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Nature has already provided blueprints for biological changes to support head bashing techniques, just look to goats and woodpeckers for how they can avoid giving themselves headaches. Both of these species have incredibly dense bone in the area of the skull called the braincase. Additionally because you wouldn't want pokey bits of bone skewering your ...


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Reinforced Cranium That is, a buildup of bone, muscle, and tissue on top of the head where the impact happens. Presumably the horn is made up of keratin (as with the horns of most land animals), and thus it's not bad at taking impacts either, but this is the simplest solution - reinforce the point of impact. Aside from that, nothing needs to be changed to ...


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No, kicking would not be effective. Kicking are already easily defended against in normal humans. This is because the larger mass of your leg means that kicks have lower velocity. This problem can be alleviated somewhat with training, but it is still a problem. Now, take your hypothetical ogre. Due to having 15 times the mass of a normal human, his kicks ...


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In addition to 'physical' barriers that your hypothetical creatures need to overcome, there's another side to this story, and that's the consciousness. We know far less about it than we know about the Quantum world, but even then it's quite clear that any being with consciousness is more than just the sum of its molecules. For instance, our brain is able ...


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I could imagine some kind of hive species where 99% of the population are "workers" and look the same. Only the queen and drones may look different. They could even look so different that space travellers wouldn't recognize them to belong to the species. Or another idea: They are human-like and depend only on artificial insemination or some kind of cloning. ...


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No There are two layers to physical appearance - genotype and phenotype. Genotype is the written instructions for appearance based on the DNA. This is where terms like 'heterozygous' come into play. It's very important, and theoretically you could have a race where everyone has the same genotype for physical appearance. I'm not sure why it would evolve as ...


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Such a race would have interesting implications. One really tricky bit of this is defining "looks the same." I'm reminded of a story I heard of bars with a large Asian customer base hiring Asian bouncers because the white bouncers had more trouble identifying one customer from another by facial features. The distinctions in the Asian facial structure were ...


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Yes, it is possible. Physical appearance is not controlled just by genes - you can always get a facelift, or you can have your face distorted by an accident - but genes play a major part of it. If there is very little genetic variation in the population, people will tend to look all the same. There will be those who say that little genetic variety is bad ...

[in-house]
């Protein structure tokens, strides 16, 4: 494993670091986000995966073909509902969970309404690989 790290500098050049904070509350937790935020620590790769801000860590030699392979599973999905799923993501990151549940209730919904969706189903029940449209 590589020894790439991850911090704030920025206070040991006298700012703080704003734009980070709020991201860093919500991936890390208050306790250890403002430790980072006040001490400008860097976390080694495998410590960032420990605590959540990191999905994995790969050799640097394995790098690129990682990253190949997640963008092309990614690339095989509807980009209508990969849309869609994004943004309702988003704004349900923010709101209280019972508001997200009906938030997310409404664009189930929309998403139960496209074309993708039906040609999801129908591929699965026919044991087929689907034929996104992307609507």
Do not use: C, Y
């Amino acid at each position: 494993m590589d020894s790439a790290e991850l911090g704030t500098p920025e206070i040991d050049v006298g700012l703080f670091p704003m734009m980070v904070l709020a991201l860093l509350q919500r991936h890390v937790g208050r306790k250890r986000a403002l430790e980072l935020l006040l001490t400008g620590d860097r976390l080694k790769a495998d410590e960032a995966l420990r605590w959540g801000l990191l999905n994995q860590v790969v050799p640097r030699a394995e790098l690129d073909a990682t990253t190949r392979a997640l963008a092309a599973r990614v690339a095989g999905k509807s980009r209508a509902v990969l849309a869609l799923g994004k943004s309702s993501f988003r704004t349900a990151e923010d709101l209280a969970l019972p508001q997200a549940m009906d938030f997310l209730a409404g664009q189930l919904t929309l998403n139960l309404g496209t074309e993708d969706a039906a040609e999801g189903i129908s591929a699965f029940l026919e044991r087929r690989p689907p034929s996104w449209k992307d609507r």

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As with any biological property this would only happen if it is sexually attractive and biologically preferable to be 'exactly the same', but it won't last long and the concept of 'race' is misleading to say the least Many species evolve distinctive features because they are sexually attractive to mates - look at the signal theory for more detail. But the ...


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Not all that fast. I"ll assume from context that what you're describing is like a snake-centaur. e.g. a human torso with a snake body extending from the pelvis. As far as locomotion is concerned, what you're describing is basically just a slightly larger anaconda that has to carry a significant portion of its body mass up off the ground (the human torso)....


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You might want to first ask yourself where the fungus would be hosted. Each of your organs offer very different environments in which a micro-organism can live. The additional functions granted by the fungus would then depend on which organs are affected: Skin: By forming a thick coating on the host's skin, the fungus would serve as a protection against ...


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There has been plenty of humanization of dragons and maybe working those into a human society. I picture a society seperated into small clans. Being mindful of others could be a universal trait in dragon culture. Maybe there could be an emphasis on the material possesions of a dracotaur as a show of some kind of prowess. Maybe skins or accessories. I ...


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Two-headed creatures - or even humans - are not unknown in reality, and have even been known to survive to adulthood, so as a point mutation it is not beyond the bounds of possibility for it to occur over a very short period relative to the typical evolutionary timescale. In order for this condition to persist across generations, there are several pre-...


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Two thoughts: First, there's no particular reason that the brain needs to be located in the head. Such a creature could have a single brain located in the body cavity, in which case the 'heads' would be little more than sensory extensions, allowing it to see, speak, and smell in different directions simultaneously. The heads would appear to act ...


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